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I was replacing my kitchen faucet when I ran into an issue that I didn't foresee (yes, this is my fault for not looking ahead!). The supply lines attached to the faucet and the supply lines coming from the angle stop do not connect together (two female ends) and are of different sizes. The water supply lines have 1/2 inch female connectors and the lines coming from the faucet have 3/8 inch female connectors. What's more, the supply lines from the angle stop are crimped to the stop and can't be easily removed.

1/2 inch female flexible supply line coming from angle stop 1/2 inch female flexible supply line

3/8 inch female flexible supply line coming from faucet 3/8 inch female flexible supply line

angle stop with crimped supply line (the other end is the 1/2 inch female hex connector) angle stop with crimped supply line

Now, what I would like to do is connect these supply tubes to each other because there is not an easy way for me to replace the stops, uncrimp the water supply lines, or remove or replace the faucet supply lines.

I believe my question is similar to this one.

Connect 1/2" supply line to 3/8" outer diameter faucet line

Unfortunately, I am unsure of the appropriate diameters to consider when purchasing something because I do not know if the connectors on my lines are NPT (taper) threaded or compression (parallel) threaded.

I have seen there are adapters like compression unions and reducing nipples, but I am unsure of which kind to buy or if there are any for my situation. Another idea I had was to join the two lines using another angle stop, such as the one below, but I am also unsure if that would work or even be a sound solution.

1/2 in. Nominal Compression Inlet x 3/8 in. O.D. Compression Outlet Multi-Turn Angle Valve

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Get 3/8" male to 1/2" male nipple.

Note you need two wrenches and one of these:

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One wrench on the hex nipple, one wrench on the hex female nut, and the pliers above to hold the crimped part of the flexible pipe to prevent it from turning. If the flexible pipe turns, it'll either unscrew from below the socket and you'll get a leak, or it'll bend at awkward angles which will damage the stainless steel weave (that might cause it to burst after a few years) or crush the internal rubber pipe so you get less water flow.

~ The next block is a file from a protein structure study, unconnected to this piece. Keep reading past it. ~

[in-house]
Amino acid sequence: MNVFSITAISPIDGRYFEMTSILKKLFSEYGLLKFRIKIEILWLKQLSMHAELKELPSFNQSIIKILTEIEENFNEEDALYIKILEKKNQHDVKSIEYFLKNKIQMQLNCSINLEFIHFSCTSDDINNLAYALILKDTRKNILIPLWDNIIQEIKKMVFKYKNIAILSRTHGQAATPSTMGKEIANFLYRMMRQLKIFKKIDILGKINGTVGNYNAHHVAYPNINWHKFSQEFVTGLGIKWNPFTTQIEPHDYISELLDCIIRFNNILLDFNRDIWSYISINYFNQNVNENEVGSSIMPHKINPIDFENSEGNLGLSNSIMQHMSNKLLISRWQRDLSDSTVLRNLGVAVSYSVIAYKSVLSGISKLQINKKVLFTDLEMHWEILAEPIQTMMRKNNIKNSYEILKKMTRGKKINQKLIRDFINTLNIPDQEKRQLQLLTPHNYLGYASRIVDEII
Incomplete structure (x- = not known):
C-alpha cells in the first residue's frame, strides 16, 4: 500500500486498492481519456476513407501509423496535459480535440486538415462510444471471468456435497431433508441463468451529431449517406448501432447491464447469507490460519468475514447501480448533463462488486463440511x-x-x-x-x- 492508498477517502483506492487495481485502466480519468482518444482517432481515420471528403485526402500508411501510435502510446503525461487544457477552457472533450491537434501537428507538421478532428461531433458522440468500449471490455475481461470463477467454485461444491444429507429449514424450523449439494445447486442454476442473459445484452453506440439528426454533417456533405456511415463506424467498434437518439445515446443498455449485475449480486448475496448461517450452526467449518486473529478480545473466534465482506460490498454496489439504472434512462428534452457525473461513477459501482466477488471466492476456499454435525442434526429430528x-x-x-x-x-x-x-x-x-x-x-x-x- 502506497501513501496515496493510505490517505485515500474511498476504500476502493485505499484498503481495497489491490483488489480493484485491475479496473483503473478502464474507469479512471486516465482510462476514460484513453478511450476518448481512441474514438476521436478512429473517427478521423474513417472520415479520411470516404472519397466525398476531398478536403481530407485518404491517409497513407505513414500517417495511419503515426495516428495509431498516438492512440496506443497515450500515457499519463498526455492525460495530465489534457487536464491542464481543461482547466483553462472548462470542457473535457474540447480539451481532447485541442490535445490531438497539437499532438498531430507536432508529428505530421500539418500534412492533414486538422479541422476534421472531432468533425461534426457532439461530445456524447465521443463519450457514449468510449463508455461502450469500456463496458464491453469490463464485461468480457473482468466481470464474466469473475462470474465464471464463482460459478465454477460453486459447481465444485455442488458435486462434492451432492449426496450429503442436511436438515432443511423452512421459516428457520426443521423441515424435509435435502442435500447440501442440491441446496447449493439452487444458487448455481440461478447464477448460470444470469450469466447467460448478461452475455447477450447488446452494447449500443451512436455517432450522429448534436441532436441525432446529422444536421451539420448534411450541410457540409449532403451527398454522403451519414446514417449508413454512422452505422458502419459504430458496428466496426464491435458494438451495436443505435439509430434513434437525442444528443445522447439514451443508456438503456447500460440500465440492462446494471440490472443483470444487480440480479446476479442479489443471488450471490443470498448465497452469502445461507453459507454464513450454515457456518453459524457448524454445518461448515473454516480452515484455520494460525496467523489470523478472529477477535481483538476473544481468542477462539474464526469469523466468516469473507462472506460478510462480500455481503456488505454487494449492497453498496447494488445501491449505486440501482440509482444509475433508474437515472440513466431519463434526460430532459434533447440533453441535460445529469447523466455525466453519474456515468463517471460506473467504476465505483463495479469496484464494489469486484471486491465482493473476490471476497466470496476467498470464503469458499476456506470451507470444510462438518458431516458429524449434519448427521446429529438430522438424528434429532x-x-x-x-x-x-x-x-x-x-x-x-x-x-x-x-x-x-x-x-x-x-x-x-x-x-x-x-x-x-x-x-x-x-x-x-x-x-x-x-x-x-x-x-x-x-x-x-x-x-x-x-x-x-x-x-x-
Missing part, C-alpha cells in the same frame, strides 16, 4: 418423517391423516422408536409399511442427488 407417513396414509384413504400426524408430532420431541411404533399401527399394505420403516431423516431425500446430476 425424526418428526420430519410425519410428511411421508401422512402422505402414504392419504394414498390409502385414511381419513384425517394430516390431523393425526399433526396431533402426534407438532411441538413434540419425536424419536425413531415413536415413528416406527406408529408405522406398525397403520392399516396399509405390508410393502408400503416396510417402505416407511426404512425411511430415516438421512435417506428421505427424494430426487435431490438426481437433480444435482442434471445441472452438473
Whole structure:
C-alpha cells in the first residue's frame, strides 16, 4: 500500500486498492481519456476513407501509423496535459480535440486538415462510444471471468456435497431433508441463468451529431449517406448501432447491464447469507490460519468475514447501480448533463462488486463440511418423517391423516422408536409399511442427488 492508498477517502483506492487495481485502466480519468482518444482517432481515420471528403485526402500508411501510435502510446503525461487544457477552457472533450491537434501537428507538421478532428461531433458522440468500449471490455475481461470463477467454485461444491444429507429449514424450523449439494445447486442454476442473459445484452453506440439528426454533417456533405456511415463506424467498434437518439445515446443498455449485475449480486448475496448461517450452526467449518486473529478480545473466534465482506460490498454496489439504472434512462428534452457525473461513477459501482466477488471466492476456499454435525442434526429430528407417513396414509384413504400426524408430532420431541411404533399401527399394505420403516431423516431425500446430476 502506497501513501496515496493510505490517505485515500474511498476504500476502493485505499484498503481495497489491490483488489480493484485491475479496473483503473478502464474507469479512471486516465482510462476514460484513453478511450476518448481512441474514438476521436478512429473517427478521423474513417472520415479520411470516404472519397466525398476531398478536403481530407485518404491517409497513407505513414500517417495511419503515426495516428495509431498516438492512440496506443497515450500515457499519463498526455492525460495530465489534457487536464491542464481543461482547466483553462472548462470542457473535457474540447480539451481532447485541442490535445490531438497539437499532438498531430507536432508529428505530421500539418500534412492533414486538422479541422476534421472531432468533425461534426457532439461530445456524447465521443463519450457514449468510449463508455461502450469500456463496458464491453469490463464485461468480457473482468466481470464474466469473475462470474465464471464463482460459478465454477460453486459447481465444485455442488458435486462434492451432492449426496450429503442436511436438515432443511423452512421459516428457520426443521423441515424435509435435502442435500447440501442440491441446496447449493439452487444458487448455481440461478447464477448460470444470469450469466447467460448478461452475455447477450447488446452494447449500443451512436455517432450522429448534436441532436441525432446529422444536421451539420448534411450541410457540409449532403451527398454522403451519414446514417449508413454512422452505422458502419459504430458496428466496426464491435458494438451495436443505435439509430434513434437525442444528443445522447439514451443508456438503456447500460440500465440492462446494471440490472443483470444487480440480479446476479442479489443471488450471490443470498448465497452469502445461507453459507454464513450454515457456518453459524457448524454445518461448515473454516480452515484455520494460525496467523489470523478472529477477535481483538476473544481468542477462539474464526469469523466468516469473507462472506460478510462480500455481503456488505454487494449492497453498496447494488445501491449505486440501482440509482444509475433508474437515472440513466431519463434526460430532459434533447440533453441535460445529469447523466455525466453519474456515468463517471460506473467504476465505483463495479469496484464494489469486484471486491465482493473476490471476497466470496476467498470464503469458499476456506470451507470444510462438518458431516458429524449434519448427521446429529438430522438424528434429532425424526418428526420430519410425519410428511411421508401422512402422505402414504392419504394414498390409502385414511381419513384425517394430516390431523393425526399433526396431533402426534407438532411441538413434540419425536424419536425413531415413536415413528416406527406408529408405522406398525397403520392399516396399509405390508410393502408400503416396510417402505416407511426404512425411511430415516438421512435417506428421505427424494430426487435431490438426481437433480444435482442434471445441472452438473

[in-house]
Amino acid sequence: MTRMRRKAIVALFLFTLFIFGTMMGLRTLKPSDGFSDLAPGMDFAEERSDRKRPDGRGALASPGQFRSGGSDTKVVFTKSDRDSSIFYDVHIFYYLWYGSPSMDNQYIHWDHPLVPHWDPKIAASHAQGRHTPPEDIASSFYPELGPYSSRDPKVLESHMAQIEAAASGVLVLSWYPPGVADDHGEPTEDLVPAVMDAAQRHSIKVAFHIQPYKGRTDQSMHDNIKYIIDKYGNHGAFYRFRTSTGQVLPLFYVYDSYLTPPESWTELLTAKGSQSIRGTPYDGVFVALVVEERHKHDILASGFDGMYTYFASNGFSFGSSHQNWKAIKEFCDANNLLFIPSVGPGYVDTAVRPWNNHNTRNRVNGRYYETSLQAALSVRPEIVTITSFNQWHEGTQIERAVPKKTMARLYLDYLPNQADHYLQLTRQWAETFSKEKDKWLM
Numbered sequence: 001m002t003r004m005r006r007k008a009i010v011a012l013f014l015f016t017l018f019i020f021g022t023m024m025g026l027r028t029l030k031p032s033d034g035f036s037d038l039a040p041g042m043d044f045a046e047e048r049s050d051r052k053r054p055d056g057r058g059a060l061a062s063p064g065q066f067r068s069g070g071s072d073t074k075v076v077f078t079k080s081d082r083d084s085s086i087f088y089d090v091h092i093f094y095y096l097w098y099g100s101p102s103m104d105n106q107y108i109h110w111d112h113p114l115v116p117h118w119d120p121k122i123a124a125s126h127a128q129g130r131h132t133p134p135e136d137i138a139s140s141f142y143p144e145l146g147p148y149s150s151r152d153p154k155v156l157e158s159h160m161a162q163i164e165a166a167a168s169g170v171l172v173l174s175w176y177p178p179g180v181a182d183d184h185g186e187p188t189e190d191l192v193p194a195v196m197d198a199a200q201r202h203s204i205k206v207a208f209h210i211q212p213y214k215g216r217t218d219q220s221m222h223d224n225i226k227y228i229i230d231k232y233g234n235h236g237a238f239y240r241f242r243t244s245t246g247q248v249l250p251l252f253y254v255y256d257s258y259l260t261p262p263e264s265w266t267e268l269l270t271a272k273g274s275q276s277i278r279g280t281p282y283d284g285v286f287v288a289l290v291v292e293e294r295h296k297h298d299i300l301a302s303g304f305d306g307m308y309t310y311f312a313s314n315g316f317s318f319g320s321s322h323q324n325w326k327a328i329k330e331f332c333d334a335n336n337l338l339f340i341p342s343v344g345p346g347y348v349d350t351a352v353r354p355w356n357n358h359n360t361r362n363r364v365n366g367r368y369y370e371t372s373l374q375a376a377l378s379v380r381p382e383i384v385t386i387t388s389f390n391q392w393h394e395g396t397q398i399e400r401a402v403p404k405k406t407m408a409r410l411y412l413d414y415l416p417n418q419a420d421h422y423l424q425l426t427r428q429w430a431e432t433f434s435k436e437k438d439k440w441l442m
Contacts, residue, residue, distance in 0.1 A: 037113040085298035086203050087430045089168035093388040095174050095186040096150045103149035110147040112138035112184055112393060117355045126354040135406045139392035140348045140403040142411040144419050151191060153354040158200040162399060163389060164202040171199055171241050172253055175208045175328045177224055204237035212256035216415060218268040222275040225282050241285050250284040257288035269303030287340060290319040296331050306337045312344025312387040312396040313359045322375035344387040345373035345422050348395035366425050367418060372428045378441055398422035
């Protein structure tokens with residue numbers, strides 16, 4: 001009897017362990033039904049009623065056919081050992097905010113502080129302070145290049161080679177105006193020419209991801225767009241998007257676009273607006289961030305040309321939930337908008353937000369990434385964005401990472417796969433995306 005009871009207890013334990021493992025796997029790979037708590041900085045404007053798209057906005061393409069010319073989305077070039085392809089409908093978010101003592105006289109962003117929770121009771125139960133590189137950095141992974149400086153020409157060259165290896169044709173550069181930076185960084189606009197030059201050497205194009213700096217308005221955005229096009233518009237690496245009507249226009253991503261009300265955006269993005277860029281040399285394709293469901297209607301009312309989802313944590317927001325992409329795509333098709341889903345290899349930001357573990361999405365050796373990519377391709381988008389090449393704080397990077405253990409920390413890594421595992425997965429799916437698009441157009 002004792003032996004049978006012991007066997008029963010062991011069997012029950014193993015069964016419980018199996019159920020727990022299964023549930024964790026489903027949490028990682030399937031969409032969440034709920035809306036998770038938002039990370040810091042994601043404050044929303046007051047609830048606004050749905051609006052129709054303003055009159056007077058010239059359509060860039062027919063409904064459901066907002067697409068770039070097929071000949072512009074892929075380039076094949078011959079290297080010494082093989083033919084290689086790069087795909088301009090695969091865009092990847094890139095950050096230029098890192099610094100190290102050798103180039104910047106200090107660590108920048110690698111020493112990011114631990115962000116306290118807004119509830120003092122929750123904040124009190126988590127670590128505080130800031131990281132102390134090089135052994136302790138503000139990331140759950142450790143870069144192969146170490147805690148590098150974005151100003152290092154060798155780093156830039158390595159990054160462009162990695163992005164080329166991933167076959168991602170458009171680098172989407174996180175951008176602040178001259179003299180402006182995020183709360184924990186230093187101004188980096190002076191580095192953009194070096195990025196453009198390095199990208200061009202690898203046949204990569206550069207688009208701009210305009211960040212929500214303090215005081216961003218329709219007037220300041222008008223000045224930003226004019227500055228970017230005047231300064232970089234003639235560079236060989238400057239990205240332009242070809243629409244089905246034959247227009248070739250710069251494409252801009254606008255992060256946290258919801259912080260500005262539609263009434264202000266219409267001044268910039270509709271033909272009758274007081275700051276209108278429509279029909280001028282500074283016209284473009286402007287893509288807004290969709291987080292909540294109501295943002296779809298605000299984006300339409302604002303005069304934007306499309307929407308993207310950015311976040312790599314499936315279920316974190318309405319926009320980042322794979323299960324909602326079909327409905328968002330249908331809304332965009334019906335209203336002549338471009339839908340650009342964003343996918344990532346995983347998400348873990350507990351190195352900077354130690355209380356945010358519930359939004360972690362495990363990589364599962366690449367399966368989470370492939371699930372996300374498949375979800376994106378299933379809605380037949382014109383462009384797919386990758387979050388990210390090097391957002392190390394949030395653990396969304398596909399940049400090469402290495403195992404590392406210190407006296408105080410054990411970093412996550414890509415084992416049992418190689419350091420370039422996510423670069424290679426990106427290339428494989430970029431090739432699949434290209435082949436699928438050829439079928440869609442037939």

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  • I agree with you that there shouldn't be any attempt to turn the crimped part, but I'm not sure that it really needs to be held. Turn the nipple into the supply line until it's finger tight, then one wrench on the free brass nut on the supply line and another on the nipple - hold the nipple still, turn the nut. The nut should spin freely on the supply line. Besides, where's that third hand going to come from?
    – FreeMan
    Nov 15 '21 at 12:43
  • When you turn the nut, the flexible pipe usually wants to turn along with it. It's doable with 2 hands.
    – bobflux
    Nov 15 '21 at 13:06
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    @Dorik you'll need wrenches to tighten the spinning nuts onto the nipple you pick up. I agree that you'll want to be careful to not twist the flex lines, but I don't think you'll need the 3rd wrench. I've tightened these flex lines onto faucets and toilets and not had issues with them binding/twisting at the other end. bobflux does think you'll need it a 3rd wrench to prevent that from happening. I think the best thing is for you to be careful as you tighten and be prepared for the line to start twisting and STOP if it does and reassess your procedure from there.
    – FreeMan
    Nov 15 '21 at 14:03
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    Don't fit any of this without using ptfe tape. Since they're not tapered, they will screw to the end, and will potentially leak. Ptfe will make the joint watertight. I sometimes end up using a washer to screw down onto as well.
    – Tim
    Nov 15 '21 at 15:04
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    @Tim Both of the hoses have a rubber washer visible inside them. They also have swivel nuts. Both of these are signs that threads aren't the sealing surface (with a compression type fitting, the thread is never the sealing surface). Therefore PTFE tape or pipe dope are unnecessary. If a compression or washer/gasket/o-ring sealed joint leaks it's either not tightened properly or is physically damaged and should be replaced.
    – Greg Hill
    Nov 15 '21 at 19:03

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